I've heard it many times before, "Insurance isn't incredibly sexy." And while most people would agree with that, I'm willing to bet that fewer people would agree with the statement, "Technology isn't incredibly sexy." In fact, Google, Apple and Microsoft are the three most sought-after employers in the world, according to LinkedIn's analysis of interactions from its more-than-175 million members.
Employers are recognizing and encouraging the attraction to a career in technology. U.S. tech professionals in a variety of industries earned a greater-than-5-percent increase in average annual wages to $85,619, up from $81,327 in 2011, according to a 2013-2012 tech salary survey from Dice, a technology and engineering career site. And the bank/financial/insurance sector is the second highest paying among 11 industries, offering an average IT salary of $93,599. Aerospace and defense was first, with an average IT salary of $97,622.
The increase in wages comes at a time when the vast majority of tech professionals (64 percent) are confident they could find a favorable new position in 2013 and, not surprisingly, when employers are taking steps to retain and motivate staff with both higher pay and more interesting or challenging assignments, the report says. That's maybe something technology professionals outside the insurance industry aren't seeing. Big data, analytics and mobile are at the top of insurers' IT priority lists, and these insurers need talented people who can help them exploit these "sexy" technologies.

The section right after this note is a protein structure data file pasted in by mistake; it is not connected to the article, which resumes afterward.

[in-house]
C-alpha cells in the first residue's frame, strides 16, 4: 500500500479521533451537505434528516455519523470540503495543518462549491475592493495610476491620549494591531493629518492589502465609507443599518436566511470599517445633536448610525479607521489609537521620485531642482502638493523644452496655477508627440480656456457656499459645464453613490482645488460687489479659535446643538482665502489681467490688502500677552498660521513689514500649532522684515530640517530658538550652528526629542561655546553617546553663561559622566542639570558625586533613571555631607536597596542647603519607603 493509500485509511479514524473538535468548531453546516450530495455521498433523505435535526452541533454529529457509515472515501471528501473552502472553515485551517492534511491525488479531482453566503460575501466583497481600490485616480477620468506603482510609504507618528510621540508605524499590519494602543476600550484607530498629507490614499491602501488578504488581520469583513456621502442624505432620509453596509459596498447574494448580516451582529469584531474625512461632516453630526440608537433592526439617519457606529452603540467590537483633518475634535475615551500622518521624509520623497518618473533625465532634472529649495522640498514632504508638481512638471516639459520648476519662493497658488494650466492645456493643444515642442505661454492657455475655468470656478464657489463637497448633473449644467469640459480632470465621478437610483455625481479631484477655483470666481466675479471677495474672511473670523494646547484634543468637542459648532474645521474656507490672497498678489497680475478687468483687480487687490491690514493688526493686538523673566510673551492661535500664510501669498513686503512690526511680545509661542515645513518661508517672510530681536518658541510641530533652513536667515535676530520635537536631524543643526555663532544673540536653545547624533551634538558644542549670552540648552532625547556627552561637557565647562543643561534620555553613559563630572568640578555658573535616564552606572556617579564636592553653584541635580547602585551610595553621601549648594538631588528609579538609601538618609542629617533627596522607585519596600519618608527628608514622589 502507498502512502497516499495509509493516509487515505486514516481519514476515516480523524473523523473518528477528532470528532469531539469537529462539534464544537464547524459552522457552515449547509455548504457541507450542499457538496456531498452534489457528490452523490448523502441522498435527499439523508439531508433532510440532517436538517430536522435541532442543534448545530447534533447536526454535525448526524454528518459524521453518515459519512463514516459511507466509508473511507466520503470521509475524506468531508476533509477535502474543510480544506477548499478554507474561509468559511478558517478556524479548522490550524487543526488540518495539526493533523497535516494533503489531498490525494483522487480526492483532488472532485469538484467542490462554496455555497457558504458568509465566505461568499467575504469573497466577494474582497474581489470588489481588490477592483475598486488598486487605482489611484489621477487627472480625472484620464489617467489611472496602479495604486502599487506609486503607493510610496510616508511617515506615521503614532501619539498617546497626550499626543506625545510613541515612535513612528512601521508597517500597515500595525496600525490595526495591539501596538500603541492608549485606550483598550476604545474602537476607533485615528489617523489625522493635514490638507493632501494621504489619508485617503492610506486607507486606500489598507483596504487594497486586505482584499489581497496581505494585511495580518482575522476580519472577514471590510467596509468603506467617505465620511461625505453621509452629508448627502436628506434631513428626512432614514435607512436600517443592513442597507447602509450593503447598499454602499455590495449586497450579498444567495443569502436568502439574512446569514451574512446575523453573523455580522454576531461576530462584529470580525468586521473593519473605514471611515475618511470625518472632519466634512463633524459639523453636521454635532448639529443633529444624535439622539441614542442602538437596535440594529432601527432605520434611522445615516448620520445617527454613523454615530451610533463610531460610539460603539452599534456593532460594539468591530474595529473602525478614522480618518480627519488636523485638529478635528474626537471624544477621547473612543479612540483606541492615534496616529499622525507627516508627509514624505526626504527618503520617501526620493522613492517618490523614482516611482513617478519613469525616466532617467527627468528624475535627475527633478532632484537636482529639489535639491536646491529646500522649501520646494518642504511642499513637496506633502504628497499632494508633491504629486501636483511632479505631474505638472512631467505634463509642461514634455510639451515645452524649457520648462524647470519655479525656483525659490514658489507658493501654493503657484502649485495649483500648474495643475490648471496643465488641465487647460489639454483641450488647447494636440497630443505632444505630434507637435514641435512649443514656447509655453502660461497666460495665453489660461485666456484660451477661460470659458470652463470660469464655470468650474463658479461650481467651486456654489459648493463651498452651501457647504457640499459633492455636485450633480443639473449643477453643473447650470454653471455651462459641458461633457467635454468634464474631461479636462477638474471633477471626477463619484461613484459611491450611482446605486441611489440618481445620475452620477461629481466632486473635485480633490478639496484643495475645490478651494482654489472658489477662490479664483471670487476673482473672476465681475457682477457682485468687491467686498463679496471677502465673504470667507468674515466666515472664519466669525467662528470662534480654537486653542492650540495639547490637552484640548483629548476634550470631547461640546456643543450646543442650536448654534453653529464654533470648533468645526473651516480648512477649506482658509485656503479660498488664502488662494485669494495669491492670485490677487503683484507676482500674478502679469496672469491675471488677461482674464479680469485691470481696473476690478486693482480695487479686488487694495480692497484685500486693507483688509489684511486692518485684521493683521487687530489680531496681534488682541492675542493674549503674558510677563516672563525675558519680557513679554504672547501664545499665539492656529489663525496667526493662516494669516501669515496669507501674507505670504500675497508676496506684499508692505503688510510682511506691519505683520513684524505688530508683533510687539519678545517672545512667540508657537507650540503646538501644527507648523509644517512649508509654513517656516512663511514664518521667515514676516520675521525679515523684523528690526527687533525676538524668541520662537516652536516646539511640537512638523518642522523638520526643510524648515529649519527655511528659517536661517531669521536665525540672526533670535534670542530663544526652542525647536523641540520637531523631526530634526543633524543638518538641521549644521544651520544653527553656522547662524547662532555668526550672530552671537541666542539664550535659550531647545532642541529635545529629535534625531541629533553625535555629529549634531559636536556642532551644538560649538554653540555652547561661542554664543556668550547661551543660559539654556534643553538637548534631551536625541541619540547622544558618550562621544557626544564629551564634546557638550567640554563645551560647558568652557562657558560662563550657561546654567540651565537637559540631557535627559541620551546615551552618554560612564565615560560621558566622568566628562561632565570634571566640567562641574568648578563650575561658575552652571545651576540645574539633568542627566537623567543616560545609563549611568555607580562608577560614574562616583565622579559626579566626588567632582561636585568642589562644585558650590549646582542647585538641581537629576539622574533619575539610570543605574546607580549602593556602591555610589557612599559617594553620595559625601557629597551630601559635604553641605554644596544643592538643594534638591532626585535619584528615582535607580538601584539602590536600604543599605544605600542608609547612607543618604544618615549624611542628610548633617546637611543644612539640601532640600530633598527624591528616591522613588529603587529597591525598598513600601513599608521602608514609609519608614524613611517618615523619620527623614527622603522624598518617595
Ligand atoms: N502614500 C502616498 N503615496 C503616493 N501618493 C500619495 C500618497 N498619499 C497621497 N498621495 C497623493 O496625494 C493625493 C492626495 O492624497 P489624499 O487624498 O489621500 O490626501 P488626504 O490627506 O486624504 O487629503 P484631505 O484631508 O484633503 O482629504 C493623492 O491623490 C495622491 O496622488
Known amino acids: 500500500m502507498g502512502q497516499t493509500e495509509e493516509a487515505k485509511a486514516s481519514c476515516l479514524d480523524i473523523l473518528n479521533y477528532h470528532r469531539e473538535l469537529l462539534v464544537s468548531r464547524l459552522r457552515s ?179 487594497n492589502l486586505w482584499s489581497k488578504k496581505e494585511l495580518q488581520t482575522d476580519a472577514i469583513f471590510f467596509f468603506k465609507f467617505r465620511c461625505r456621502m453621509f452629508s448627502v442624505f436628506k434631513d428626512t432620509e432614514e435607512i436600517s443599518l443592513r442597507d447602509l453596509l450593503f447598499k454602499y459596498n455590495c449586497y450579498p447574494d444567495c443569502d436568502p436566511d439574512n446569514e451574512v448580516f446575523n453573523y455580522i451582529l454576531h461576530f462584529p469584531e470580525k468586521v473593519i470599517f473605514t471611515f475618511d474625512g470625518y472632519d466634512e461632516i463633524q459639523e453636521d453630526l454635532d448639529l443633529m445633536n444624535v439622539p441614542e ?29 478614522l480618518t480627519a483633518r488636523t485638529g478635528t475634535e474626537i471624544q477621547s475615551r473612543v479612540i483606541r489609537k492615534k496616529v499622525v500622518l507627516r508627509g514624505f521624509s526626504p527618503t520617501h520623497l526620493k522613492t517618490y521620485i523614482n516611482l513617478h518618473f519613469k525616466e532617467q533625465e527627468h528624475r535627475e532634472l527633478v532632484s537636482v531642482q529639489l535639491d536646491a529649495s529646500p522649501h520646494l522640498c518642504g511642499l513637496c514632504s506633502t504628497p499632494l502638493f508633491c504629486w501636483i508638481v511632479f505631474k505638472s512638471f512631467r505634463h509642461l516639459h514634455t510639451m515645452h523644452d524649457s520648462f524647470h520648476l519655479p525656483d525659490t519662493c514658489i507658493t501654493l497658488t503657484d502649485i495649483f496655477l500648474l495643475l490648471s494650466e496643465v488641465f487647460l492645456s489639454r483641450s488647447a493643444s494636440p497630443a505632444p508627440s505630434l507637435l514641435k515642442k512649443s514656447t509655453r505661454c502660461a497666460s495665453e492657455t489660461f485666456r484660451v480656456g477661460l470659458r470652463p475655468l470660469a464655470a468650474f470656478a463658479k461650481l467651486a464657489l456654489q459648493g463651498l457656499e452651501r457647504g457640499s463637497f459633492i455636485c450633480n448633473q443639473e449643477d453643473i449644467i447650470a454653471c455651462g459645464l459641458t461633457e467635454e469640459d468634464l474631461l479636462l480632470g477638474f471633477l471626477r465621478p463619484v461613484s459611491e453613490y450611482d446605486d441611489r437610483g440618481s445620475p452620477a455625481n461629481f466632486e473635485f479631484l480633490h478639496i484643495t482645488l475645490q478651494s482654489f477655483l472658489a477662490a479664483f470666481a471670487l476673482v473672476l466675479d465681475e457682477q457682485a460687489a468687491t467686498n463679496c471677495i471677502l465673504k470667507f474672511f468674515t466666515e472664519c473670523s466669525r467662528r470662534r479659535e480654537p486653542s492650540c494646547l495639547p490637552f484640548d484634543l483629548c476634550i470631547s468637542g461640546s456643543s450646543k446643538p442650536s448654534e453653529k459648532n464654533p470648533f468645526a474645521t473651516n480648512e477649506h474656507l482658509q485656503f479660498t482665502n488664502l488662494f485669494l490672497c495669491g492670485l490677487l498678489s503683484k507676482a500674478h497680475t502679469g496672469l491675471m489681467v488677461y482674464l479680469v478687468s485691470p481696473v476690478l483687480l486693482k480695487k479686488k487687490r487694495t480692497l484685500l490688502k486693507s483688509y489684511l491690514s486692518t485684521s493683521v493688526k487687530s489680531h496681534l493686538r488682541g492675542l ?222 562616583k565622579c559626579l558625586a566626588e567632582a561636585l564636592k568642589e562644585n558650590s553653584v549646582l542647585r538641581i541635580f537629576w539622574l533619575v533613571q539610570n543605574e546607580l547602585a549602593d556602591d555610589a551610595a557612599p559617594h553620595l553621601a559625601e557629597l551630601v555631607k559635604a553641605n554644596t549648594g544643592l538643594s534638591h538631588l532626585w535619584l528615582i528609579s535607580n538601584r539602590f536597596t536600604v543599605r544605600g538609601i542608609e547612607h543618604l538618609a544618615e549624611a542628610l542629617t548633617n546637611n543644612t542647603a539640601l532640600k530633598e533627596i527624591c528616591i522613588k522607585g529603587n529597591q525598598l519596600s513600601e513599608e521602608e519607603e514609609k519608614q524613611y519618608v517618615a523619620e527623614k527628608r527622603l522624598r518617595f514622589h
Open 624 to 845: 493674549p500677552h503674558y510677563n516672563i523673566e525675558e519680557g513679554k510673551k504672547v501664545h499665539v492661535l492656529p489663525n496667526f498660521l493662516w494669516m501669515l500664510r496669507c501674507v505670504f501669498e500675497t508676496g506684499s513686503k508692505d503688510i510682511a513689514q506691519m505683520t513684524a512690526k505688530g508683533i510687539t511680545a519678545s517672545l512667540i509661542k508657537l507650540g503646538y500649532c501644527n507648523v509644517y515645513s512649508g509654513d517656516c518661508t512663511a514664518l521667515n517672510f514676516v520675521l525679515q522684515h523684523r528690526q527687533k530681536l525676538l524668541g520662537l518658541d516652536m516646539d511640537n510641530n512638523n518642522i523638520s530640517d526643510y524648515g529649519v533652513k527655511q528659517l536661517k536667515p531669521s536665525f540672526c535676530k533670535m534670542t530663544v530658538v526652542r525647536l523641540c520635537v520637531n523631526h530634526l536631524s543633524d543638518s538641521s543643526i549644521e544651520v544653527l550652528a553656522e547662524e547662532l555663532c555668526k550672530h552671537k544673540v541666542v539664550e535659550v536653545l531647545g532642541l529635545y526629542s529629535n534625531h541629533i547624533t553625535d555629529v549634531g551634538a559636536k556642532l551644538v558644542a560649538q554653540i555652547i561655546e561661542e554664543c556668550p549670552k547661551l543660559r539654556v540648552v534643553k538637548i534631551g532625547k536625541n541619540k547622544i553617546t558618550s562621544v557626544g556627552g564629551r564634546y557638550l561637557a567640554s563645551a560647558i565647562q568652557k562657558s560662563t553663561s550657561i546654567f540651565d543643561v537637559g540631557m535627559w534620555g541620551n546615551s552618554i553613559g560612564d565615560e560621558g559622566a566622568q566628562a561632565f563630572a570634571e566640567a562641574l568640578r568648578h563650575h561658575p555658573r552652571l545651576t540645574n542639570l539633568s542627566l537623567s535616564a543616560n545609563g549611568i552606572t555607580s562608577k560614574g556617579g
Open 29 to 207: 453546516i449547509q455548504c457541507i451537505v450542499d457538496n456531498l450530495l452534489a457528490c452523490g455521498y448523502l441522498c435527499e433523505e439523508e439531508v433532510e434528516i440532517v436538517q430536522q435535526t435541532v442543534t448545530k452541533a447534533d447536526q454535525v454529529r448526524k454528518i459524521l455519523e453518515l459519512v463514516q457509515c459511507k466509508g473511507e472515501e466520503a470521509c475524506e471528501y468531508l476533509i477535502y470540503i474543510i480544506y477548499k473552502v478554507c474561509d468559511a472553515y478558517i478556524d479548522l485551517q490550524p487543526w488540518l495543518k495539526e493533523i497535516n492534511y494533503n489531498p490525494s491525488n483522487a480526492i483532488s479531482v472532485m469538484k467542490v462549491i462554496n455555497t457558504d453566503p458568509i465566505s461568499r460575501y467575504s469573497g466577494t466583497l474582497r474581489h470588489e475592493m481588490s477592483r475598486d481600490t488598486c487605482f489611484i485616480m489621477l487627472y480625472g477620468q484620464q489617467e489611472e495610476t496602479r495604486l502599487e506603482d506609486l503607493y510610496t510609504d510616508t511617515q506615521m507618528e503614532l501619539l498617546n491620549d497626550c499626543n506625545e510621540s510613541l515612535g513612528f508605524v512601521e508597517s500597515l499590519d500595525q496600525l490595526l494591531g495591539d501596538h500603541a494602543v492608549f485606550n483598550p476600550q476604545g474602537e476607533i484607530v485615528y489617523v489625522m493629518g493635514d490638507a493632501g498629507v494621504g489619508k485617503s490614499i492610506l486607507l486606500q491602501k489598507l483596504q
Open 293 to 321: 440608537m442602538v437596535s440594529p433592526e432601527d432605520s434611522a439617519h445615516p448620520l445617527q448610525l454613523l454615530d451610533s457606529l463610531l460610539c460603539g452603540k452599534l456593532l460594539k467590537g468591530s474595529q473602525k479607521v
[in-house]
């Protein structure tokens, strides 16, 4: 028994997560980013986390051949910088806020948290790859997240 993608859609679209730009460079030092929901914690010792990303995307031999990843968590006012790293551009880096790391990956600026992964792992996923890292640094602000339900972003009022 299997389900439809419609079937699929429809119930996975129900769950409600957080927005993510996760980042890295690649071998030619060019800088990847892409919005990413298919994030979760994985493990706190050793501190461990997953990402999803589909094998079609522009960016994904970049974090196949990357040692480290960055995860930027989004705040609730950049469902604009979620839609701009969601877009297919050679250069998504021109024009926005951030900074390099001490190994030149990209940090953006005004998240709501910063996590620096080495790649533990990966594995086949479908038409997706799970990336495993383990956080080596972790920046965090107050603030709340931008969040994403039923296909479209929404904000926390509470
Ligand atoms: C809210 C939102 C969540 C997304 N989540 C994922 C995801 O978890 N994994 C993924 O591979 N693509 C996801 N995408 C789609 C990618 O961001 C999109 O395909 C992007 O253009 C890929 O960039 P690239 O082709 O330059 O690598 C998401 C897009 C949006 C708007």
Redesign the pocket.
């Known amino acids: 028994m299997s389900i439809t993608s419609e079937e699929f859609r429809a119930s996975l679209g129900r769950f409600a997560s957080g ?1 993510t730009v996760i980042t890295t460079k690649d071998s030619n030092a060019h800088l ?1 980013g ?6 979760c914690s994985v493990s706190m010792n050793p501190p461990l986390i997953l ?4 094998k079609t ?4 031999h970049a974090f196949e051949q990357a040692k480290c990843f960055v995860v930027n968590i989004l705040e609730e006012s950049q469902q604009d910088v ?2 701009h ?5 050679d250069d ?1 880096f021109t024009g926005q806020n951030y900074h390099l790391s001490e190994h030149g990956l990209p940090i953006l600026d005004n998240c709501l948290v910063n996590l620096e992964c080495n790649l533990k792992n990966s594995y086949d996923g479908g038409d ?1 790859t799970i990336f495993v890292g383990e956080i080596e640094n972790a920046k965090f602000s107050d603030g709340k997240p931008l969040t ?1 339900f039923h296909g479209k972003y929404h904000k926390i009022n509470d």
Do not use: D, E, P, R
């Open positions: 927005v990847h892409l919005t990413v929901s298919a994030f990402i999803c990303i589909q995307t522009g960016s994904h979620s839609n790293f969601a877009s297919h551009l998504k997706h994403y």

In late June, insurancenetworking.com blogger Joe McKendrick reiterated the need for analytics talent in insurance. He points to a survey — conducted for SAP — that contends predictive analytics is the No. 1 opportunity that big data affords insurers. However, efforts to capitalize on big data are stymied by two obstacles: lack of top-level support and the lack of the right skills to make predictive analytics possible.
And, in Novarica's "2013 Research Council Meeting Report," released early this year, the 30-plus insurance CIO and senior IT executive members of its Insurance Technology Research Council said that in terms of staff development, the most unaddressed skill deficit is easily mobile.
Technology professionals are looking for competitive paychecks and challenges. And, insurers can offer both. The challenge is letting the world know about it.
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